Defendant regularly stayed with his grandmother until a few weeks before the search, and by the time of search it was more intermittent. Still, he had standing in her house because he had clothes there and still stayed there. He put a cell phone in his daughter’s backpack so she could play on it, and he had standing in the phone in her backpack. “It is reasonable for a person to believe that others will not search his infant daughter’s bag.” United States v. Musgraves, 2017 U.S. Dist. LEXIS 208144 (D.Kan. Dec. 19, 2017).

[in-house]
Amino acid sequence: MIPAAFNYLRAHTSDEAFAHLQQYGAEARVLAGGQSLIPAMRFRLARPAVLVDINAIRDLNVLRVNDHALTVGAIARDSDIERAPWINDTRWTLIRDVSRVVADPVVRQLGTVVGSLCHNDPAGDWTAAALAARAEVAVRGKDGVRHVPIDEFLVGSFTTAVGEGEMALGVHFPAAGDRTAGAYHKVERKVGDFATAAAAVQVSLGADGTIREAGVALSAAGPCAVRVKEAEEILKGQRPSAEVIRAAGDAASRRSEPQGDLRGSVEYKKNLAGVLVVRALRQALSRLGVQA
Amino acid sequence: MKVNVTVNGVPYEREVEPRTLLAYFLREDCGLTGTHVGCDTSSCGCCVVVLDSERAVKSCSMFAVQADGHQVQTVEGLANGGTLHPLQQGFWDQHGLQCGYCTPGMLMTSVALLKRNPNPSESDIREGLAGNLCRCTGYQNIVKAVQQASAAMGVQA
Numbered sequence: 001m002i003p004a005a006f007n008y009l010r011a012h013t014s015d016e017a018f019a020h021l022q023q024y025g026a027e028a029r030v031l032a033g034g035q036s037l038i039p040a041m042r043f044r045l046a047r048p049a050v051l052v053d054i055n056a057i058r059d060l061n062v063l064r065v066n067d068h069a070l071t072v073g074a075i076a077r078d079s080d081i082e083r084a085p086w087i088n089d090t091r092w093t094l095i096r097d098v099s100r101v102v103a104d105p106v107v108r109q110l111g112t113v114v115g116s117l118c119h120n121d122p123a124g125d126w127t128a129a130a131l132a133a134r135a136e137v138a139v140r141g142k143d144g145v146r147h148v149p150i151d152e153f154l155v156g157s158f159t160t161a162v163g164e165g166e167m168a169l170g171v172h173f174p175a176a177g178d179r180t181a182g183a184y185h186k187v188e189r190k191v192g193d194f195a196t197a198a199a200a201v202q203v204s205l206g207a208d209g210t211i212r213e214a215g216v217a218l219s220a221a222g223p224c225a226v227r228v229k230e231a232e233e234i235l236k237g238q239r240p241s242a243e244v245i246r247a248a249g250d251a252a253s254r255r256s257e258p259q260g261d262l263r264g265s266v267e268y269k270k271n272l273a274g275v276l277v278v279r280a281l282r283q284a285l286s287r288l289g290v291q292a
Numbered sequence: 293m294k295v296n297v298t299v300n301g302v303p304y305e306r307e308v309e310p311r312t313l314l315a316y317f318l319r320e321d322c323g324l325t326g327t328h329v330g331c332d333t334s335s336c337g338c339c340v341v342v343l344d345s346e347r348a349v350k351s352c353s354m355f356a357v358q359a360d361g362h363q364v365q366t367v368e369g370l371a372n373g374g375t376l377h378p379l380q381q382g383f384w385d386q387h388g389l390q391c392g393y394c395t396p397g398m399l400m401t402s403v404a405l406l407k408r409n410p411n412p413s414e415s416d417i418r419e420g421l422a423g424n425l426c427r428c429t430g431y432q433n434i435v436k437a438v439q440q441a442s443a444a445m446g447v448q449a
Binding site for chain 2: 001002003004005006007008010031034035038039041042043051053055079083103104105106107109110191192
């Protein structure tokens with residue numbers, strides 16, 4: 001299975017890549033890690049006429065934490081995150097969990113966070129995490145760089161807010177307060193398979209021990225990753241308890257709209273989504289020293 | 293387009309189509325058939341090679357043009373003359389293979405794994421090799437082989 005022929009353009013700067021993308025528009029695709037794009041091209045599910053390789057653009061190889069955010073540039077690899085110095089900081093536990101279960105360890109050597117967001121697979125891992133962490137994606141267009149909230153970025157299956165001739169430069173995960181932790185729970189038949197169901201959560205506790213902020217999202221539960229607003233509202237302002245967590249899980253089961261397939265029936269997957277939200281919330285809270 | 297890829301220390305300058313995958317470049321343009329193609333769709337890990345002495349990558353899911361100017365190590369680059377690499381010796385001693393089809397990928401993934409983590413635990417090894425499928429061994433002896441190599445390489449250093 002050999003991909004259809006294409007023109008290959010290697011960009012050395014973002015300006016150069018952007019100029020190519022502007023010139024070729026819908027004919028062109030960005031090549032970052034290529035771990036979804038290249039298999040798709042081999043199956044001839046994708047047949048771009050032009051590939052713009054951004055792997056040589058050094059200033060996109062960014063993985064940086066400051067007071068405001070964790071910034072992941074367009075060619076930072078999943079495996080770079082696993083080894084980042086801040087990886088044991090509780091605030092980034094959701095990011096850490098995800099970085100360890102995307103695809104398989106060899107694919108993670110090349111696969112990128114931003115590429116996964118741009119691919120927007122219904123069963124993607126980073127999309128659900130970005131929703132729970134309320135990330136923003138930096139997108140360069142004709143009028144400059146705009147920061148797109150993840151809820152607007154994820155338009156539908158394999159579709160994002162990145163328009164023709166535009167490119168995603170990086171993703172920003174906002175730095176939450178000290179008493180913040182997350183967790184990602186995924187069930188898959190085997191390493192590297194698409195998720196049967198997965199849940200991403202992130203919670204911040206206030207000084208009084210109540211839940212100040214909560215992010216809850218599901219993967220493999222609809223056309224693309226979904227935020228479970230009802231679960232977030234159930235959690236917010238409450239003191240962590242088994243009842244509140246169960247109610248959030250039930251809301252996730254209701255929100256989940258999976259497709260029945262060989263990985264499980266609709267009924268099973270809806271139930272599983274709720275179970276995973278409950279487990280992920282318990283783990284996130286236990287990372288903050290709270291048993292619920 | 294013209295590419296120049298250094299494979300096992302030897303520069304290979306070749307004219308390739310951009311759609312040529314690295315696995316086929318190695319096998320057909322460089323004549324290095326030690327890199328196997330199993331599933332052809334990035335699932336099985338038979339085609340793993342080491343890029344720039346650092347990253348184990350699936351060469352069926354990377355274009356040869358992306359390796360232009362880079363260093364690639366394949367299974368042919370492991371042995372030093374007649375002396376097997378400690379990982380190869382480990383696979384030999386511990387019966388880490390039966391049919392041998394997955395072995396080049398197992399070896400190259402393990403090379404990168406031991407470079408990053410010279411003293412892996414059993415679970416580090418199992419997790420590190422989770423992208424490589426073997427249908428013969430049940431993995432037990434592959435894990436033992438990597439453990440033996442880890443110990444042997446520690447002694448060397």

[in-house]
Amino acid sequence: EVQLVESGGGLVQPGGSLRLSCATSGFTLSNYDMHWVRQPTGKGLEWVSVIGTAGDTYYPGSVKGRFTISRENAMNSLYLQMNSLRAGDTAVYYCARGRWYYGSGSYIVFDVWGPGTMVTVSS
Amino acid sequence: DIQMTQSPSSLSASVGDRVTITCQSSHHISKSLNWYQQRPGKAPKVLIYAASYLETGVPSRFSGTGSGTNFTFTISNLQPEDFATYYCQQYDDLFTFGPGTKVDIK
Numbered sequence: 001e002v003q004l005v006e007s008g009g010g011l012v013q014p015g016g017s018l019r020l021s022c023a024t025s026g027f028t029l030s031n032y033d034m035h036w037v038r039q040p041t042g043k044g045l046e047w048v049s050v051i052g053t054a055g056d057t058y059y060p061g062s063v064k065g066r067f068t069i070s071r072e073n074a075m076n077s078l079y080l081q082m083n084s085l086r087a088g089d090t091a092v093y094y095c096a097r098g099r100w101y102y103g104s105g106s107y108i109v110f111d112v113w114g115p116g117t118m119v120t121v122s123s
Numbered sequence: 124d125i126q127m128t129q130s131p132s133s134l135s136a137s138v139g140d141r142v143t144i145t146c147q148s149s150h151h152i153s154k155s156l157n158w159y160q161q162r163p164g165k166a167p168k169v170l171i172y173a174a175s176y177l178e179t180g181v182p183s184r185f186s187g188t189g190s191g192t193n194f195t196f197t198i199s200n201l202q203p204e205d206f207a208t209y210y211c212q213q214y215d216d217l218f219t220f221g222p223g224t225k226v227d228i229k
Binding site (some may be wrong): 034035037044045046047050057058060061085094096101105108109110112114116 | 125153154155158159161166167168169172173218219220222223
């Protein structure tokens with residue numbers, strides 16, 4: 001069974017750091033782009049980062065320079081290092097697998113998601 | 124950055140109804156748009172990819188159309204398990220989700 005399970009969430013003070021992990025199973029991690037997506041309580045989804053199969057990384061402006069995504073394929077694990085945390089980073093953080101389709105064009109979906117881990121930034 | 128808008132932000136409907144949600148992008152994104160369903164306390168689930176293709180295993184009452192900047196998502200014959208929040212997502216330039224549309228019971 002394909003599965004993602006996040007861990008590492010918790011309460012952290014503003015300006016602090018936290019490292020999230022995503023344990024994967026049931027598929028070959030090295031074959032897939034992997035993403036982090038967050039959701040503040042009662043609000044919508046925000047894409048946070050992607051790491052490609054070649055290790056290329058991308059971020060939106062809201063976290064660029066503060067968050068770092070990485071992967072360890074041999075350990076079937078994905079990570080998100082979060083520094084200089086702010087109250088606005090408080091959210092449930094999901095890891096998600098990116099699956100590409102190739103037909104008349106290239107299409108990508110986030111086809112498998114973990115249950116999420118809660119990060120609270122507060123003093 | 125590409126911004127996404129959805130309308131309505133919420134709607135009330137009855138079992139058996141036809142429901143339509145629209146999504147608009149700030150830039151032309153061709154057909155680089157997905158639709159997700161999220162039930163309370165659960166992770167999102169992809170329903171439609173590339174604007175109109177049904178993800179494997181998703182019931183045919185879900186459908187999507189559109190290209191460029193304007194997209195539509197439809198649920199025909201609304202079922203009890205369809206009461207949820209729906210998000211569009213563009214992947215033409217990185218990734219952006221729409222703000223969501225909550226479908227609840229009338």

The officer had reasonable suspicion to stop defendant, but he did not have probable cause to arrest or to search defendant’s car under the automobile exception. And, the inventory is also unreasonable. United States v. Anguiano, 2017 U.S. Dist. LEXIS 208326 (D. Minn. Dec. 19, 2017).*
Defendant’s 2255 is based on his search issue that was ruled against him on the motion to suppress, but then he pled guilty. The guilty plea waived the motion to suppress. United States v. Davis, 2017 U.S. Dist. LEXIS 207069 (D. Alaska Dec. 18, 2017).*